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Decline only means, as Gallup pointed out in a just-released survey, that Americans have lost confidence in all forms of institutional religion. I’m passionate about gender equality in marriage and church leadership. I want to become a better advocate for social justice.The real question is not 'Can liberal Christianity be saved? ' Both were thoughtful, relatively charitable articles, but I was disheartened to see my Facebook and Twitter feeds light up with gleeful jeers from conservative evangelicals essentially saying,” Missing from the whole dialog was any sense that we’re in this together, that, as followers of Jesus, we may need to put our heads together to re-imagine what it means to be the Church in a postmodern, American culture where confidence in organized religion is at an all-time low. For one thing, I don’t "fit" in the conservative evangelical church: I believe in evolution. I want my LGBT friends to feel welcome and accepted in their own churches.
In this age of cultural melting pot and globalism, why are people searching for people of the same religious background?In the world of online dating, religious sites indicate a classic belief among some love seekers that faith matters and that God is the ultimate matchmaker.“God has a match for you," claims a major Christian dating site called Christian Mingle.I know plenty of evangelicals who embrace the science of evolution, and I know plenty of mainliners who are passionate about both social justice and theology.But the reason I struggle to go to church on Sunday mornings is because I generally feel like I have to choose between two non-negotiable “packages.” There are things I really love about evangelicalism and there are things I really love about progressive Protestantism, but because these two groups tend to forge their identities like those “other Christians”—Sunday morning can feel an awful lot like an exercise in picking sides.The answer seems to be as basic as "like seeks like," and the conviction that an essential element of a successful romance is a similar worldview, cultural references and life plan.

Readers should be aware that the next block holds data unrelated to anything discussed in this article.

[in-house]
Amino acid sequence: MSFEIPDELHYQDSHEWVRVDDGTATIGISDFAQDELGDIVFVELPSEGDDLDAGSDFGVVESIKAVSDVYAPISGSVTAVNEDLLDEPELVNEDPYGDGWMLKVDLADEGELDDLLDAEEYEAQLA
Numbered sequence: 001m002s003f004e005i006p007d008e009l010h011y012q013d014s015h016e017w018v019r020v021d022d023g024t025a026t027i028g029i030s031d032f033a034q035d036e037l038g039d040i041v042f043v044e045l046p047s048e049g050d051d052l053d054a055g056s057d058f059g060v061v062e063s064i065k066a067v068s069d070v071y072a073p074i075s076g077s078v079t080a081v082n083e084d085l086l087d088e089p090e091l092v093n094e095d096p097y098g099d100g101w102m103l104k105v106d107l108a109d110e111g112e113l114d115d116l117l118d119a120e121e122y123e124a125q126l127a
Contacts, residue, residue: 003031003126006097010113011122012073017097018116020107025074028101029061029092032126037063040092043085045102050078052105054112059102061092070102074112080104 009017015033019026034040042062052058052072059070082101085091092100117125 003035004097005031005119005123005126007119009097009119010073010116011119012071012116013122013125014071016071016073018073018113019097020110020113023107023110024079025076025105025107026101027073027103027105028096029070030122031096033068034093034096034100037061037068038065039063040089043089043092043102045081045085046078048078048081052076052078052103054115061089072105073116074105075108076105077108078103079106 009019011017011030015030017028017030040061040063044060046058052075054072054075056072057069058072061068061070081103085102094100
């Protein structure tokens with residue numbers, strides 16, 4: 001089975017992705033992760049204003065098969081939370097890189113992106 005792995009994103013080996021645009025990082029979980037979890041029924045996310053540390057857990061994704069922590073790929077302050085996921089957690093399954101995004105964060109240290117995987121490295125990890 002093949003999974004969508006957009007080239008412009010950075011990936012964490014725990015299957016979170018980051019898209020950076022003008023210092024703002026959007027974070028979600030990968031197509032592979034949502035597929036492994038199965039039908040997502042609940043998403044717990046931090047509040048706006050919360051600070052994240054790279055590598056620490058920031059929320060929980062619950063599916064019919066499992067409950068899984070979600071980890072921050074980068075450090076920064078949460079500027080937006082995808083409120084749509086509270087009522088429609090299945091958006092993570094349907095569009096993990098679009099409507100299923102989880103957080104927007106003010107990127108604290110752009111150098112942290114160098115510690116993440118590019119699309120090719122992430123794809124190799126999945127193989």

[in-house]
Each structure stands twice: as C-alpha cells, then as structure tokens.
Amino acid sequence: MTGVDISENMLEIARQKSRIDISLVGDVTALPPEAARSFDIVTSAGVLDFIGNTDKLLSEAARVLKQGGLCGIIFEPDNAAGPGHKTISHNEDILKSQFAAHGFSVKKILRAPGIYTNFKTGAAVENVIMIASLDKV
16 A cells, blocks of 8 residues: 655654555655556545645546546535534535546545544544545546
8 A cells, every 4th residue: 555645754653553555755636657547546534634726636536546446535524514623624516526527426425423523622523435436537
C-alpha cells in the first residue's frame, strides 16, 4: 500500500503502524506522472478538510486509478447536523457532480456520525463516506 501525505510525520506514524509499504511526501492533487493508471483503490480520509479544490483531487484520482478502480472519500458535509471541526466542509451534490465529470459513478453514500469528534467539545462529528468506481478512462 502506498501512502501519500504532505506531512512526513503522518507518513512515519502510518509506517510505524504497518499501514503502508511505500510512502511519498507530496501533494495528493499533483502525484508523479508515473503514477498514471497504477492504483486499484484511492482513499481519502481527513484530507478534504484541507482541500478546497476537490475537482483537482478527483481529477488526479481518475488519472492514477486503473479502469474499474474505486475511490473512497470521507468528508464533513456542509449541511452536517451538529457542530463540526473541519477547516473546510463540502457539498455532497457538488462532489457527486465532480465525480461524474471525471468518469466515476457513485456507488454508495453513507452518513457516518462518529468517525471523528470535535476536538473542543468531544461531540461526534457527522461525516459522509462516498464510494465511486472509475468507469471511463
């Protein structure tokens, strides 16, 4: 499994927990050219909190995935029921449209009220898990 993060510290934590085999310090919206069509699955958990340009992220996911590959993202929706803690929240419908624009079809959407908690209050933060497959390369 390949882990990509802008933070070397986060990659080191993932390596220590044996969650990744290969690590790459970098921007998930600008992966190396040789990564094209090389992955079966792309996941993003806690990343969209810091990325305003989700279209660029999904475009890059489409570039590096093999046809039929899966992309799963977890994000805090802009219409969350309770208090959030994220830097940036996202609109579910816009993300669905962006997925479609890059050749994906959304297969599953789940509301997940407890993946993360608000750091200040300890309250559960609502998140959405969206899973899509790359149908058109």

Statistics seem to support this, with interfaith marriages having a slightly higher rate of ending in divorce.
Instead, they refer to declines as demographic "blips," waning evangelism, or the impact of secular culture.
Membership decline has no inherent theological meaning for either liberals or conservatives. I like smells, bells, liturgy, and ritual—particularly when it comes to the Eucharist.
The most notable of these responses came from Ross Douthat of the New York Times who asked, “Can Liberal Christianity Be Saved?
”“Instead of attracting a younger, more open-minded demographic with these changes,” Douthat wrote, “the Episcopal Church’s dying has proceeded apace...
And often, when I find myself actually sitting in the pew, the pastor or priest will at some point in the service, either subtly or overtly, speak of the “other side” as an enemy. I asked on my Facebook page if you ever feel caught between “liberal” and “conservative” Christianity, and here’s what some of you said: Some of you confessed that, rather than accepting one Christian “package” or the other, you’ve simply bowed out of church altogether—unable to fit into either group.